Former Sevier athletes reflect on what it takes to become successful

BACK+IN+HIS+OLD+STOMPING+GROUNDS.+Daniel+Kilgore+visits+Sevier+Middle%2C+where+he+once+played+several+sports.+Kilgore+has+gone+on+to+great+success+as%0Aa+professional+football+player.

Harrison Barnes

BACK IN HIS OLD STOMPING GROUNDS. Daniel Kilgore visits Sevier Middle, where he once played several sports. Kilgore has gone on to great success as a professional football player.

Kylie Moore, Yearbook Editor

Many student athletes believe they will eventually play in college or become professional athletes. The odds of becoming successful athletes beyond middle and high school, however, are low. Daniel Kilgore and John Fulkerson are two former Sevier Middle athletes who know what it takes to achieve great success beyond high school.

John Fulkerson plays basketball at the University of Tennessee, where he received a full basketball scholarship.

“I think playing sports in middle school and in high school really helped me slowly grow as a basketball player,” Fulkerson said “I think each year I got a little bit better.”

Danile Kilgore played football at Appalachian State before the San Francisco 49ers drafted him as a center. As a professional football player, he has played for the 49ers and the Miami Dolphins.

“Anything is possible,” he said. “I’m a numbers guy, and percentages say that most won’t make it. Why not you? Who can stop you? Most of the time, it is the individual who stops themselves. Have faith and trust in the process to meet your goals.”

Both athletes look back on their middle school athletic careers with fondness.

“My time at Sevier middle was fun,” Kilgore said. “I was involved with football, basketball, and baseball. I was a part of the city champs football team and conference champs baseball team. I really enjoyed the relationships that I made with my teammates and still best friends with a lot of those guys.”

Fulkerson agreed.

“You have a lot of friends in it that you’ve grown up with, and the relationships with the coaches that you make,” Fulkerson said. “I still talk to all of my middle school and high school basketball coaches. I talk to a lot of my teammates from middle school and high school, which were a bunch of the same teammates.”

The road from middle school to successful athletes, however, depends on a lot of different things. Most high school athletes believe it is important to have a fall-back plan in case their athletic career doesn’t take off. Kilgore was no different.

“My fall-back plan was to teach and coach in Kingsport schools,” he said. “I did that because you will not play sports forever and you have to mentally prepare for your future, no matter the circumstances.”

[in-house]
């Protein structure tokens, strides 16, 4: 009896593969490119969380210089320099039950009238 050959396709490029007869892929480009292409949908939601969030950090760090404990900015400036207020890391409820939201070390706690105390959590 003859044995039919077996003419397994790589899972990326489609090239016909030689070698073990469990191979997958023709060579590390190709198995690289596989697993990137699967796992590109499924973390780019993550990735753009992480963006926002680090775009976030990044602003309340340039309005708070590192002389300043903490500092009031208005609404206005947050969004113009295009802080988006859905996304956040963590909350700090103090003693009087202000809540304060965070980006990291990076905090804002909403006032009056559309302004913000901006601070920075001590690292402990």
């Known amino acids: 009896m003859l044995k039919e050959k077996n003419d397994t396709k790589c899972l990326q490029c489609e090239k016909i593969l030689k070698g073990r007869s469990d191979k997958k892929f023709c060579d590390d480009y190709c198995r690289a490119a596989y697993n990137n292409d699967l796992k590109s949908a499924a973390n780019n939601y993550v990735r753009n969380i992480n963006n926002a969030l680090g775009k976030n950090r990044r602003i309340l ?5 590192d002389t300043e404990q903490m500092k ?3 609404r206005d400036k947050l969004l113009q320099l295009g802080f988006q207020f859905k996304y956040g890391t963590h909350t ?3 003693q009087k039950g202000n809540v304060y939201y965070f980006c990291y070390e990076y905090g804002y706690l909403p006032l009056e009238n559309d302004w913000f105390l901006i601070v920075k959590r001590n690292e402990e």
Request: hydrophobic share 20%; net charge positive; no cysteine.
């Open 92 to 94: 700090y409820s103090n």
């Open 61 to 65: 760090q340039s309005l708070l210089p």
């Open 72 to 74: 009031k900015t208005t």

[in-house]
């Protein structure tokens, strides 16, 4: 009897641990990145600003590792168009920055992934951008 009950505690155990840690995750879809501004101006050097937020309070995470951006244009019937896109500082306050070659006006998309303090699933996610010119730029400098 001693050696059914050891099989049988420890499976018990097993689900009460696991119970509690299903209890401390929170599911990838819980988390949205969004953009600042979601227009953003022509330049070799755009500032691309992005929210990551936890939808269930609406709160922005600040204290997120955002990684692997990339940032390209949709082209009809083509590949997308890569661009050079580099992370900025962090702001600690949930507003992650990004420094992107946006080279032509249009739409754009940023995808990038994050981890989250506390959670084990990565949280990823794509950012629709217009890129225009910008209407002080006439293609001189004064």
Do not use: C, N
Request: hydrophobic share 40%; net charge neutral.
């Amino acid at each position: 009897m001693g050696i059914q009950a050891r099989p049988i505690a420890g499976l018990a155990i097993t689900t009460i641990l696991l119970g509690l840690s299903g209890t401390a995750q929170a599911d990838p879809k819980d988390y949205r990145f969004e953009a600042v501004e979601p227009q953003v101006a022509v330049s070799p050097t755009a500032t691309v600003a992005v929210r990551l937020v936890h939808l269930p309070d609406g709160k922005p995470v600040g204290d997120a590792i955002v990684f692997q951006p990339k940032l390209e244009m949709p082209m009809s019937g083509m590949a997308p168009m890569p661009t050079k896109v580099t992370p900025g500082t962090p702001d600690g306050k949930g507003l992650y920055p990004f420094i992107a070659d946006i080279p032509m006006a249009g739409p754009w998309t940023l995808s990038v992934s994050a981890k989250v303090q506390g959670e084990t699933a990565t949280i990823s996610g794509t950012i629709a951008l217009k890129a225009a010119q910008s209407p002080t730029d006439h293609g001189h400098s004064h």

Things can get messy without a fall-back plan, unless the athlete can be almost 100% certain they will succeed. This is what John Fulkerson did.

“I did not make a fallback plan,” he said. “The school that I went to has a statistic where they say 100% of their graduates go to college on some sort of scholarship, whether that’s academic or athletic. 100% of their graduates go to college on some sort of scholarship.”

Both Fulkerson and Kilgore believe it is a good idea to surround oneself with people that are supportive.

“My parents have always been there for me, no matter the situation, and they’ve always been very supportive, very loving, very caring, and they support me in all the decisions I’ve had to make,” Fulkerson said.

This shows how important it is to have someone’s support, especially during the rough times.

“My wife, Megan, is my rock,” Kilgore said. “She keeps me going day in and day out, knowing that no matter the outcome, she will always have my back.”

In any career, especially as an athlete, there will be times when you doubt sets in. but you need to find ways to get over that and overcome those obstacles. According to Kilgore, successful athletes push through the doubts.

“I didn’t feel like I fit in with the team or was not cut out for the physicality of the next level,” he said. “I was able to push through because of my mindset of not letting down my family, friends and Kingsport.”

Although hard work will definitely make most people an athlete, natural talent also plays a role.

“There’s a lot of hard work, but I have also been very blessed with a lot of basketball talent,” Fulkerson said. “I’ve been blessed with height and very supportive people around me. So, the people around me have made it easy to get into the gym to work out. I think you really have to love what you do in any aspect of life.”

Hard work, however, seems to be the most important key to a successful athletic career.

“You realize that in order to make tour dreams come true, you have to put yourself through the most intense training and the thought process that someone else is there fighting to be better than you are,” Kilgore said.

Hard work, natural talent, supportive people, and a clear fall-back plan all play roles in helping a middle or high school athlete become successful in college or professionally. Both Kilgore and Fulkerson have some additional advice for young student athletes.

“Work as hard as you can, have very supportive people around you, because that really makes it easier sometimes for people around you to be so supportive, and really want to keep you going and make you work harder,” Fulkerson said.

Kilgore believes being a great athlete, however, goes beyond the field or court.

“Enjoy being a young athlete,” Kilgore said. “Step away from the game and relax. It is a long road to reach professionalism and you have plenty of time for it. Learn how to be a better student, teammate, and person.”

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